We’re seeing some interesting behavior between the Fed and desperate banks and brokerages . At the discount window, banks kept up their nonstop borrowing this week, averaging around $18.9 billion every day. Brokerages, who just this year were allowed to visit “the window,” didn’t take out a single loan.
But in the Fed’s TSLF yesterday, a lending facility where Bernanke exchanges illiquid asset-backed securities for U.S. Treasuries, the Fed was overwhelmed with brokerage interest. Investment banks asked for over $45 billion in these collateral loans. The Fed could part with only $25 billion.
And since we still seem to be the only media outlet that cares, the TAF and TSLF auctions have now given out roughly $1.8 trillion in loans since December. Ugh.
As Gross and Greenspan look for Uncle Sam’s helping hand, we’re keeping an eye on the Dow. For the week, the index is down over 4% — and falling this morning. Thus, the Dow has snapped August’s gentle uptrend and is plunging toward a new credit crisis low.
10,962 is the magic number, about 200 points away.
One last nugget of proof that the tides are changing on Wall Street: Options trading volume fell 10% in August, year over year. That’s the first monthly decline in volume since the tech bust.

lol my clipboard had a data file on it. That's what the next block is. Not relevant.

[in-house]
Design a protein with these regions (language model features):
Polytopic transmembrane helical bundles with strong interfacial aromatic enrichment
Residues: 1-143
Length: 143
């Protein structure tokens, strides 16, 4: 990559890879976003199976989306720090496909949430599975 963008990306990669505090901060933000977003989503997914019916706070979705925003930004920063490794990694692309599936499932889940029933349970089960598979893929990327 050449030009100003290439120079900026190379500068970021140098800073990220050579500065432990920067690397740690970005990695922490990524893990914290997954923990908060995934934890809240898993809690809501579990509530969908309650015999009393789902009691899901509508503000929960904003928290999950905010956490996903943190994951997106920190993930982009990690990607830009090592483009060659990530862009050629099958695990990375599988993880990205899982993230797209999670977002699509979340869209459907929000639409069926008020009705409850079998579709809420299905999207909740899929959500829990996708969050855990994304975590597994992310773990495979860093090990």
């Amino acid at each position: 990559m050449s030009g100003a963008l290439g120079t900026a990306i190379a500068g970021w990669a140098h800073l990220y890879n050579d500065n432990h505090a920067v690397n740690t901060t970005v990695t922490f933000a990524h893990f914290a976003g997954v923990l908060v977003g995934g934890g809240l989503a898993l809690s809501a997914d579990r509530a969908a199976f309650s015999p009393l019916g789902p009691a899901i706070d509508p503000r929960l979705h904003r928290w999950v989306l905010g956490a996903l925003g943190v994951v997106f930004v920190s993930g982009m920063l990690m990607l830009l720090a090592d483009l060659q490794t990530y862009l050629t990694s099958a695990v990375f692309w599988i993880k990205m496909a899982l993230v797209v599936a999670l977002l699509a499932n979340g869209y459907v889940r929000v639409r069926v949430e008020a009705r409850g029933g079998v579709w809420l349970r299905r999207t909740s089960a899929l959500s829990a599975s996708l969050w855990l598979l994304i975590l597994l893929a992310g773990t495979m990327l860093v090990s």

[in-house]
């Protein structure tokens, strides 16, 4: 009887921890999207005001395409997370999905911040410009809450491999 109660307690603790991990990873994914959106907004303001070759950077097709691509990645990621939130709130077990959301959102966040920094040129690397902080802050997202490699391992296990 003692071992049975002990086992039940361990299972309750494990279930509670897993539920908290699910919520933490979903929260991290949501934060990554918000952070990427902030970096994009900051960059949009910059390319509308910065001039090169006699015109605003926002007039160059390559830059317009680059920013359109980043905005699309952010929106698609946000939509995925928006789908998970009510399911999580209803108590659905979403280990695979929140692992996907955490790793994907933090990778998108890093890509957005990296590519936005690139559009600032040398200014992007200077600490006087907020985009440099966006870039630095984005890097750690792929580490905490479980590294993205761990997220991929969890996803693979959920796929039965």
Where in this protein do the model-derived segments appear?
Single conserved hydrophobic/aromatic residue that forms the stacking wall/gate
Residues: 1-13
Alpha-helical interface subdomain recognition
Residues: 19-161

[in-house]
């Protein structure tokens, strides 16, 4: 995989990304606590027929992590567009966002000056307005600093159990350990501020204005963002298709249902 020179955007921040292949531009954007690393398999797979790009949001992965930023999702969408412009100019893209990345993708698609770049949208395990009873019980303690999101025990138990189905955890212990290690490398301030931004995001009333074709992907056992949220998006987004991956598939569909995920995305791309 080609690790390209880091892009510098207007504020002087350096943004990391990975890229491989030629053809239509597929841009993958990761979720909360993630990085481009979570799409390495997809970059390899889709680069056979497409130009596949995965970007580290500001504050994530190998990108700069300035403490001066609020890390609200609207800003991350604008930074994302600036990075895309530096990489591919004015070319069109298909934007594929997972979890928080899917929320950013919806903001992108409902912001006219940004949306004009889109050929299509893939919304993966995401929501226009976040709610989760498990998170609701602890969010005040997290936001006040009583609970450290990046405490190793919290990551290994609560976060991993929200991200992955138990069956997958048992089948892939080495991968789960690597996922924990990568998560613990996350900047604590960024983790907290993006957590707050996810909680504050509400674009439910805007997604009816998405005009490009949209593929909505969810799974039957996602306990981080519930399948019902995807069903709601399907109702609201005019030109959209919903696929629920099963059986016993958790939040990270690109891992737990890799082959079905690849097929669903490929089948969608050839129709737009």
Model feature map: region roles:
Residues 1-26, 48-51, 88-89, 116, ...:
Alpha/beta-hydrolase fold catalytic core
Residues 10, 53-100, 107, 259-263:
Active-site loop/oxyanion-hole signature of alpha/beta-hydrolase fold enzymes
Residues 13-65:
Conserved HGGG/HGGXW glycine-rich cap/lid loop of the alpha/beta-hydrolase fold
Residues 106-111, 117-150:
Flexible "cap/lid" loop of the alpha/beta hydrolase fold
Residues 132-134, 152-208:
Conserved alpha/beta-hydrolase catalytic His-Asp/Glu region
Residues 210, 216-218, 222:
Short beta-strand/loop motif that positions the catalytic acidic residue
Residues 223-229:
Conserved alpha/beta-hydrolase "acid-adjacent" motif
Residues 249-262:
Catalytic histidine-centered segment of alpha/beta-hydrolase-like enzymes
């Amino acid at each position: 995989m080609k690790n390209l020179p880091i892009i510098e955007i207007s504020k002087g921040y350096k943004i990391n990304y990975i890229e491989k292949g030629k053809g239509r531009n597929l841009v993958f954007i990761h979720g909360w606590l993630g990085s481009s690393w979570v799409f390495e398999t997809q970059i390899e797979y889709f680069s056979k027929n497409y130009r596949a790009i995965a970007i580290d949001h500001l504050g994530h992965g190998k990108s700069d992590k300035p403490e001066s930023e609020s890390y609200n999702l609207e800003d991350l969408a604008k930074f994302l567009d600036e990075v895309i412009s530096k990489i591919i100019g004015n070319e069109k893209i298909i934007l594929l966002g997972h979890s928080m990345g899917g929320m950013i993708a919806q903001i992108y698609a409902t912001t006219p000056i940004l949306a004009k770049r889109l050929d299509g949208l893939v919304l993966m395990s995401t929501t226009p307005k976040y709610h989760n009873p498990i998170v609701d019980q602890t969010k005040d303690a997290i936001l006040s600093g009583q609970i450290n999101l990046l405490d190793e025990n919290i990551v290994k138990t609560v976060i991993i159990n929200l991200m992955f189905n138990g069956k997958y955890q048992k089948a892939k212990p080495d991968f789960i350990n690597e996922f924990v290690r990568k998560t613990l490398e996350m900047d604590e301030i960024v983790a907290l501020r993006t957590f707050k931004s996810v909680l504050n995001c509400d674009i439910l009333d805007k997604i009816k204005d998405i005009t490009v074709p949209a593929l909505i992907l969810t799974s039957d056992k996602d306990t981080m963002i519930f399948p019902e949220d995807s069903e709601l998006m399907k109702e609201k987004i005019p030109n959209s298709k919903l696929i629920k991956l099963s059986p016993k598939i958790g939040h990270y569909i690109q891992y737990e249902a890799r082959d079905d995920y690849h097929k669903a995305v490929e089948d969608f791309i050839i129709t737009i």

(We can’t take responsibility for that one… we launched a new value-priced options service called Easy Money Options this summer. For volatile times in a lousy economy, an inexpensive options service seemed like good medicine. Check it out here .)
The U.S. employment scene just went from bad to worse , announced the Labor Department today. Their monthly jobs report showed a greater-than-expected decline of 84,000 jobs in August.
What’s more — what you’ll read in tomorrow’s paper — the headline unemployment rate shot up to 6.1%. Such is the highest monthly unemployment rate since 2003.
So August goes down, in government books, anyway, as the eighth consecutive month of net job losses. The U.S. economy has never endured a string of losses like that without later declaring a technical recession. The guv’ment also quietly revised June and July numbers. Proof that this report is worth its weight in sand, June jobs losses were doubled, to over 100,000.
As we mentioned above, there is no “flight to quality” in the gold market this week. Despite the U.S. stock market’s steady decline, gold has been struggling to hold onto the $800 level all week. You can get an ounce for $796 as we write
“Gold is scarce. Fiat money is abundant,” says one of our Aussie investing contacts, Al Robinson . “That’ll become very obvious soon. The failure of Fannie Mae and Freddie Mac is pushing Bernanke and the U.S. Fed closer to a wholesale dollar-printing scenario. But you might not have to wait that long for gold to react.
“Demand from the Indian jewelry market hits its stride around this time of year. Or at least, that’s been the case every year for the last six years. Since 2002, gold investors have gotten a 10% Christmas present. Ten percent, on average.
“Last year, the September-December surge was 24%. Following that, Indian jewelers and worried investors helped take gold to its highest peak ever. The fundamentals of the gold market haven’t changed much in a year. And the price is where we left it at the end of last year, $800.”
Oil and gas are weaker today, too. Barrels of oil have slid to $106 a pop. The average price at the pump here in the U.S. is down again, to $3.67.